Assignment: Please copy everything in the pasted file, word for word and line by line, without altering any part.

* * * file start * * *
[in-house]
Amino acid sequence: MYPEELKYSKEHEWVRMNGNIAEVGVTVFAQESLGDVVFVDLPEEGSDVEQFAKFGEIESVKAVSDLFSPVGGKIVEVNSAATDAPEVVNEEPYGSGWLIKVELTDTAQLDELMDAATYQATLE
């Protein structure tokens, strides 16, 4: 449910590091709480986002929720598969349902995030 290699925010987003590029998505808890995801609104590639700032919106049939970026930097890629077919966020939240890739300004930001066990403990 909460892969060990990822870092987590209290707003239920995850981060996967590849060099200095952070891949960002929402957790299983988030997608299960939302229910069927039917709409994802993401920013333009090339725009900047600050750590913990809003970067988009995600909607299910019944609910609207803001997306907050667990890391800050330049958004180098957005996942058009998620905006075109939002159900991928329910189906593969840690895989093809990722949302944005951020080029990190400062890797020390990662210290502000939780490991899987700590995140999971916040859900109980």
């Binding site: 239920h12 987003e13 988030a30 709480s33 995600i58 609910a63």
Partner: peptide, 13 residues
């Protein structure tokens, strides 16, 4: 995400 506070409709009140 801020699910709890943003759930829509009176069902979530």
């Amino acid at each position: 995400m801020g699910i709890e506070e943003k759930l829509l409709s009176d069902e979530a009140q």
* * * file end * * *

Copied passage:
[in-house]
Amino acid sequence: MYPEELKYSKEHEWVRMNGNIAEVGVTVFAQESLGDVVFVDLPEEGSDVEQFAKFGEIESVKAVSDLFSPVGGKIVEVNSAATDAPEVVNEEPYGSGWLIKVELTDTAQLDELMDAATYQATLE
């Protein structure tokens, strides 16, 4: 449910590091709480986002929720598969349902995030 290699925010987003590029998505808890995801609104590639700032919106049939970026930097890629077919966020939240890739300004930001066990403990 909460892969060990990822870092987590209290707003239920995850981060996967590849060099200095952070891949960002929402957790299983988030997608299960939302229910069927039917709409994802993401920013333009090339725009900047600050750590913990809003970067988009995600909607299910019944609910609207803001997306907050667990890391800050330049958004180098957005996942058009998620905006075109939002159900991928329910189906593969840690895989093809990722949302944005951020080029990190400062890797020390990662210290502000939780490991899987700590995140999971916040859900109980």
């Binding site: 239920h12 987003e13 988030a30 709480s33 995600i58 609910a63």
Partner: peptide, 13 residues
């Protein structure tokens, strides 16, 4: 995400 506070409709009140 801020699910709890943003759930829509009176069902979530």
């Amino acid at each position: 995400m801020g699910i709890e506070e943003k759930l829509l409709s009176d069902e979530a009140q």